Nikon D4s First Impressions Review
As mentioned on the previous page, the D4s has just a few minor cosmetic changes compared to the D4. Here's a closer look at some of the most important controls.
There's no doubt that the Nikon D4 was a top-notch professional DSLR. Perhaps that's why the D4s doesn't feel like a very exciting upgrade, despite the countless tweaks to both design and features, performance, autofocus, and movie features. Perhaps the feature that working pros will appreciate the most is the increase in battery life compared to the D4. The 'newly designed' CMOS sensor and image processor also allowed Nikon to squeeze in an extra stop at the top end of the ISO range.
Seeing how the D4 was already so strong in terms of still quality, Nikon focused more of its attention on video. You can now record at 1080/60p (though not for terribly long), use auto ISO so shutter speed and aperture are not disturbed, and output uncompressed video over HDMI while you're recording to an XQD or CF card. Despite those improvements, the 10 minute recording limit and lack of focus peaking and zebra pattern leave something to be desired.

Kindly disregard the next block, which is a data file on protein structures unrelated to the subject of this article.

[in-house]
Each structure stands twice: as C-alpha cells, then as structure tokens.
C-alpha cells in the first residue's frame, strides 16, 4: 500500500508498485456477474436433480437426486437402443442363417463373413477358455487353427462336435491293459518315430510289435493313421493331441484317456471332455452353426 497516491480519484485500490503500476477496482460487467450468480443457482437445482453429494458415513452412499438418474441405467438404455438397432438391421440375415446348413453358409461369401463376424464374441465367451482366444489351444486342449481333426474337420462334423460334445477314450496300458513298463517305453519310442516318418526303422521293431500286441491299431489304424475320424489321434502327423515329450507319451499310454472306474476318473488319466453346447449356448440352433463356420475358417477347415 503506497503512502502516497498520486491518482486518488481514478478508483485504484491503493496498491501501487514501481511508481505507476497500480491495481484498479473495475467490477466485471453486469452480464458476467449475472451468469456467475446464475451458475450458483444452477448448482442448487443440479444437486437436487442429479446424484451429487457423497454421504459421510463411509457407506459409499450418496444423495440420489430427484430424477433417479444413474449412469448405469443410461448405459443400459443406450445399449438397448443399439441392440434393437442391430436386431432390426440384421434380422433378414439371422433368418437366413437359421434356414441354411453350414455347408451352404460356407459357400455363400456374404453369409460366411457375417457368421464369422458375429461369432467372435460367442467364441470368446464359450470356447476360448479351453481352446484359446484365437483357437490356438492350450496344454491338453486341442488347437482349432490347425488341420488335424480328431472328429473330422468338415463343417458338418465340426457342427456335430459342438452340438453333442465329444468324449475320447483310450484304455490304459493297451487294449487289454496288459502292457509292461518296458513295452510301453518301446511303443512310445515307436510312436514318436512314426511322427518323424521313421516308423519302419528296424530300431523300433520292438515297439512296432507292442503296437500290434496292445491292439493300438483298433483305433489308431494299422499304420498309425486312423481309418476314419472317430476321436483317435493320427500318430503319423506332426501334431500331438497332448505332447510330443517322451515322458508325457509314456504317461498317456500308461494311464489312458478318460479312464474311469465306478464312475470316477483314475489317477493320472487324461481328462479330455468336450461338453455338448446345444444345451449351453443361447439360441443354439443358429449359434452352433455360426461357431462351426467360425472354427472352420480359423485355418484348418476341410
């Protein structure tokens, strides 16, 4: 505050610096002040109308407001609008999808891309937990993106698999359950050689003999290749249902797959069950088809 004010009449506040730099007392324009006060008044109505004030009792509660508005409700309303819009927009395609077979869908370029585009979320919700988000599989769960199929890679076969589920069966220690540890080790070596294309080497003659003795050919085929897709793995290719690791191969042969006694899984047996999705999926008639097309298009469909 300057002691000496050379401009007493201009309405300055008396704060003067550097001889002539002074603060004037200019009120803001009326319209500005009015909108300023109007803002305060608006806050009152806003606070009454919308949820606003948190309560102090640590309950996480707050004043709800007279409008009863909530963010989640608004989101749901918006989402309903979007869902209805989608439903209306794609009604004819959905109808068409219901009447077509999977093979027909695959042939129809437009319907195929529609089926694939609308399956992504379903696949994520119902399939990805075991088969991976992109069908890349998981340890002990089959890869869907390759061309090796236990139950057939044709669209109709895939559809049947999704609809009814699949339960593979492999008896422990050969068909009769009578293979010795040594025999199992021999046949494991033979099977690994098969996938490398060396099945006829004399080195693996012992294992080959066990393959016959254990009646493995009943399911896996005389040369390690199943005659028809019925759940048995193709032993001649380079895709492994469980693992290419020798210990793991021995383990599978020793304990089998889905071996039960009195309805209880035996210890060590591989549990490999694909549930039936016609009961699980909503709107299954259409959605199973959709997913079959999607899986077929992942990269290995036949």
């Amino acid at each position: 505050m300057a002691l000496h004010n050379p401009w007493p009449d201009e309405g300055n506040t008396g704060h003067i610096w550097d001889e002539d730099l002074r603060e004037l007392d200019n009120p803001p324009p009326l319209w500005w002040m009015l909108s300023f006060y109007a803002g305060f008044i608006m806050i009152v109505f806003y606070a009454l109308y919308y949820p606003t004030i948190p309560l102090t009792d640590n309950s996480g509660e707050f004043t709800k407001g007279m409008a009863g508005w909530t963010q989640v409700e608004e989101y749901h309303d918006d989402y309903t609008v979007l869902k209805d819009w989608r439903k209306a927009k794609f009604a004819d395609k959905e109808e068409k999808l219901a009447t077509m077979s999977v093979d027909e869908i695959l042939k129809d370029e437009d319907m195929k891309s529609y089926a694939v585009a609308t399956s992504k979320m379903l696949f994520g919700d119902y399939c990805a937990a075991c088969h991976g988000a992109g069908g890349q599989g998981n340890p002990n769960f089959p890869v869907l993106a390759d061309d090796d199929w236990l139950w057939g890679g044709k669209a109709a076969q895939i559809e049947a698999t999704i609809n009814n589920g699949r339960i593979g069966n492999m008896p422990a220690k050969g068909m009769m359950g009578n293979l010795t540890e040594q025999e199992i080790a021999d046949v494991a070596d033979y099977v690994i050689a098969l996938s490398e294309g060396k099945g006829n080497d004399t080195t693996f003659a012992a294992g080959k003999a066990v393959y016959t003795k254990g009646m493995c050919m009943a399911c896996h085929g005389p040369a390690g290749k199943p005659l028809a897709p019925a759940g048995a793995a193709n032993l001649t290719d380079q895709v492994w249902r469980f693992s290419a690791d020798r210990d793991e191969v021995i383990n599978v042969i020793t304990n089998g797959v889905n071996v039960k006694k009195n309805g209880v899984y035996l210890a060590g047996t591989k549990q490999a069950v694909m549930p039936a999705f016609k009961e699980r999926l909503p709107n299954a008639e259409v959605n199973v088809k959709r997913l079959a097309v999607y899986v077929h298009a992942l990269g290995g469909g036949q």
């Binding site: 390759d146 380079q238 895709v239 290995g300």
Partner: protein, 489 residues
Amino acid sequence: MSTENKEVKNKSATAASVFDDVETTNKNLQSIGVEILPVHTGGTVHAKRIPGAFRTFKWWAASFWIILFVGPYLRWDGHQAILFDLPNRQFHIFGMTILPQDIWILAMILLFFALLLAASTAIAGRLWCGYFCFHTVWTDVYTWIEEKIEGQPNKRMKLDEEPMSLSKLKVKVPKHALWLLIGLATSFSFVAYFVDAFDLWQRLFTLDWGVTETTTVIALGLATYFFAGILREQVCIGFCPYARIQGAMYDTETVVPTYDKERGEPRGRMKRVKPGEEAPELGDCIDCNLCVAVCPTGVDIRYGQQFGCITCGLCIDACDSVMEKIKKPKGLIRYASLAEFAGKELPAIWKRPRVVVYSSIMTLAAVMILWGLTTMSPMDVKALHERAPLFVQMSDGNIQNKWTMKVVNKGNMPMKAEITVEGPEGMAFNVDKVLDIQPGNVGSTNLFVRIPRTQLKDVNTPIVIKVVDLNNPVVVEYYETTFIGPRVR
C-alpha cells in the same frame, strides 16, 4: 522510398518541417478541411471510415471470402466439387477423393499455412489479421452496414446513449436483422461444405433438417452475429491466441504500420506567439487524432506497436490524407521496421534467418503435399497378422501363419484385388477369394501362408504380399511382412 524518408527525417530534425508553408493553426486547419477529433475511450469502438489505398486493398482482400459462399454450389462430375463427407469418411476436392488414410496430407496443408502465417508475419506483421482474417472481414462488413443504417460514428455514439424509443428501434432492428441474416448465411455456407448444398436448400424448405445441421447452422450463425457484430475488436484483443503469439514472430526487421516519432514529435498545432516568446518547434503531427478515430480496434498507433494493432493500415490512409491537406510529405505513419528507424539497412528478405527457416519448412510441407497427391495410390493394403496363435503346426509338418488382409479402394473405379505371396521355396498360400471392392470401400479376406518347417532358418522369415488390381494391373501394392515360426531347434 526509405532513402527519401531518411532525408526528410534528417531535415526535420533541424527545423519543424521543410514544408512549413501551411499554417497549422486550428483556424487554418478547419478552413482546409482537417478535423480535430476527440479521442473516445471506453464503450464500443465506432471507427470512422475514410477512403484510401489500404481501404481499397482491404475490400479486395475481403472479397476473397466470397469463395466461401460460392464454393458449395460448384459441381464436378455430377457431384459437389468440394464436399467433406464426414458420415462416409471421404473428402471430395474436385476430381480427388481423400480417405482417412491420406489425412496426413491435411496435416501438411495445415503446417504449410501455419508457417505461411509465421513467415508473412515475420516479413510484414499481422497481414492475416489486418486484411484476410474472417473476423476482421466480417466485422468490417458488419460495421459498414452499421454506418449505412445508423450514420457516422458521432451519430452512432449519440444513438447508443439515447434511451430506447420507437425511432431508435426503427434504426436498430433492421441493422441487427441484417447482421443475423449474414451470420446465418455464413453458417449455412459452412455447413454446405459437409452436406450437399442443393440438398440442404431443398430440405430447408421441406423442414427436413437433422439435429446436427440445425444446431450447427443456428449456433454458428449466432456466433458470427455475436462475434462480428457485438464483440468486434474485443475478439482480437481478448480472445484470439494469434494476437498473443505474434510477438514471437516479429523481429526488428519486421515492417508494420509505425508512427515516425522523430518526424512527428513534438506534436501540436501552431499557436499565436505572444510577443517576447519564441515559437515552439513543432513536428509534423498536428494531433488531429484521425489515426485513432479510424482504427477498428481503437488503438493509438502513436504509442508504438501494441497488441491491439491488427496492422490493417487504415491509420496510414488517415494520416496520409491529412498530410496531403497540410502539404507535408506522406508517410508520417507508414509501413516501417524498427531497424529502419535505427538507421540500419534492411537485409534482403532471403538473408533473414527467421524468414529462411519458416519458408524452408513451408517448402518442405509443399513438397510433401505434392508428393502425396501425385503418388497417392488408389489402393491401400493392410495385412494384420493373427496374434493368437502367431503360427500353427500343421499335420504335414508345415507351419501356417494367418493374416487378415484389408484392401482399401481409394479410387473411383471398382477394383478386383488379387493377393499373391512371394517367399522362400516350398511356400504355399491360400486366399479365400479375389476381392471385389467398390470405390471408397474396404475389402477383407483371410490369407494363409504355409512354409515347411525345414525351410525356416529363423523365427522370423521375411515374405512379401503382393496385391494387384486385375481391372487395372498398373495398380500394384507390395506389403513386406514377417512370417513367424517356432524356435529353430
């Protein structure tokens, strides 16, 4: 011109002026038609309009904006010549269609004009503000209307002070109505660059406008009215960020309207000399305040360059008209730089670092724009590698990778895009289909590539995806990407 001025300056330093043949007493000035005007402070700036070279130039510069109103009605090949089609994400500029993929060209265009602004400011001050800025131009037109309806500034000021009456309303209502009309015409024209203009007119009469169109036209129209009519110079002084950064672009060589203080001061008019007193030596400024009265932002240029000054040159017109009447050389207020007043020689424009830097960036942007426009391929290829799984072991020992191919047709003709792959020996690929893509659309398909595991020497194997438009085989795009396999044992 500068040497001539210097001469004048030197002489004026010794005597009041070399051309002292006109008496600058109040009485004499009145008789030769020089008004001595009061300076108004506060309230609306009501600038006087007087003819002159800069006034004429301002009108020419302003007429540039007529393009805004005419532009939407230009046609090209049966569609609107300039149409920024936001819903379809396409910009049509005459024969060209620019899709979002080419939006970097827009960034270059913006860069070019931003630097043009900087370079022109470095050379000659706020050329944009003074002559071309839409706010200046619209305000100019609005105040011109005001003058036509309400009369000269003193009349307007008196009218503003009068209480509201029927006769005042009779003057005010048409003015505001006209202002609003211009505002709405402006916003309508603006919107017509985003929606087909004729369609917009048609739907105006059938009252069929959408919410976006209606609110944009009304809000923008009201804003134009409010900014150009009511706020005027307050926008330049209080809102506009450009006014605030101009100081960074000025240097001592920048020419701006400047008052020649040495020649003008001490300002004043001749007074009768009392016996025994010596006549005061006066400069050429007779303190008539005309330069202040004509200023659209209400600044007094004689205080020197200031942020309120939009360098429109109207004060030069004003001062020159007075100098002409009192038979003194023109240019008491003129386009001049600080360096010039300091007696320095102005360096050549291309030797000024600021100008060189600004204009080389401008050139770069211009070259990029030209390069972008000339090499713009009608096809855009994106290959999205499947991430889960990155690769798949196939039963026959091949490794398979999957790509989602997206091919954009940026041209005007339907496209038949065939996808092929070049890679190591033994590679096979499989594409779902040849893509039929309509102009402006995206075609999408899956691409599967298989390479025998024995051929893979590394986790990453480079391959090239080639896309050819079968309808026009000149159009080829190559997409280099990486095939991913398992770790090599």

Current owners of the D3 and D3s will no doubt find the D4s a worthy update. Whether D4 owners will upgrade to the D4s is less clear, as the major changes are specific to certain shooting situations, many of which were brought up by professionals who've been living with the D4 since it was made available around the time of the 2012 London Olympics. If its exposure at the more recent Winter Olympics is any indication, it's safe to say that you'll be seeing a lot more of the D4s at major sporting and news-making events.
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